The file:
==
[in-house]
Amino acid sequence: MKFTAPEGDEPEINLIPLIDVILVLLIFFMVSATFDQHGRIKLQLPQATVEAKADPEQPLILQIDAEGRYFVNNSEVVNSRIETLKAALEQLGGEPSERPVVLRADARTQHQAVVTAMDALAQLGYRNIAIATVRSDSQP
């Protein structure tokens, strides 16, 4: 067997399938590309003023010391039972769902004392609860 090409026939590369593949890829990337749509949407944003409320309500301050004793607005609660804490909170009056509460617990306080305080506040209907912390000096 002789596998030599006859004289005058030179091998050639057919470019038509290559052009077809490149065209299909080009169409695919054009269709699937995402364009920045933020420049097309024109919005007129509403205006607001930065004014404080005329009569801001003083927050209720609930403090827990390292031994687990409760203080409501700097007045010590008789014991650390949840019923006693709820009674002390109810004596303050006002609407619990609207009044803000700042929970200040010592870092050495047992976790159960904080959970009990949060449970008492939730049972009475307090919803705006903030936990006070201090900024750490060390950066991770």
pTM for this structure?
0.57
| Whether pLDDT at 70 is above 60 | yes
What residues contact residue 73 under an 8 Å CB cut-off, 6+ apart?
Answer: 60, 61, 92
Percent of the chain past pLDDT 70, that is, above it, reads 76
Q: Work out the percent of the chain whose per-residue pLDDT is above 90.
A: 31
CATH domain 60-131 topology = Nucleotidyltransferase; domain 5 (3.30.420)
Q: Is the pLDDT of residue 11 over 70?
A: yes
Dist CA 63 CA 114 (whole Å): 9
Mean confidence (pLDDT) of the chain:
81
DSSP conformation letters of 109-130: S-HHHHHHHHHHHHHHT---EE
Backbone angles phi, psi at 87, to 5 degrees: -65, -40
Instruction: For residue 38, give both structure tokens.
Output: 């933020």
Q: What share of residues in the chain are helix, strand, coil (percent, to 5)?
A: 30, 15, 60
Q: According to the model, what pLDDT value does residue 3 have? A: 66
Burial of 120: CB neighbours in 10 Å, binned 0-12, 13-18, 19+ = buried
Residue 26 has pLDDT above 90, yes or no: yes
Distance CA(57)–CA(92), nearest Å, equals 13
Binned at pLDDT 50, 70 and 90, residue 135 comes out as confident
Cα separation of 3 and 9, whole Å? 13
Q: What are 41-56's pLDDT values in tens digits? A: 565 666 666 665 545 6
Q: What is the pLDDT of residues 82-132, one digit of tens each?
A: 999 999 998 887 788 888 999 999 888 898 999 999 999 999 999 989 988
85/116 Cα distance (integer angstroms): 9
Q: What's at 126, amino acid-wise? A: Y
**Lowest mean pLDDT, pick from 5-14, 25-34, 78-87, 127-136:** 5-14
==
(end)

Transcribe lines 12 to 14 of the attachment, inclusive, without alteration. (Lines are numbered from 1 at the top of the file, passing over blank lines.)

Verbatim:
CATH domain 60-131 topology = Nucleotidyltransferase; domain 5 (3.30.420)
Q: Is the pLDDT of residue 11 over 70?
A: yes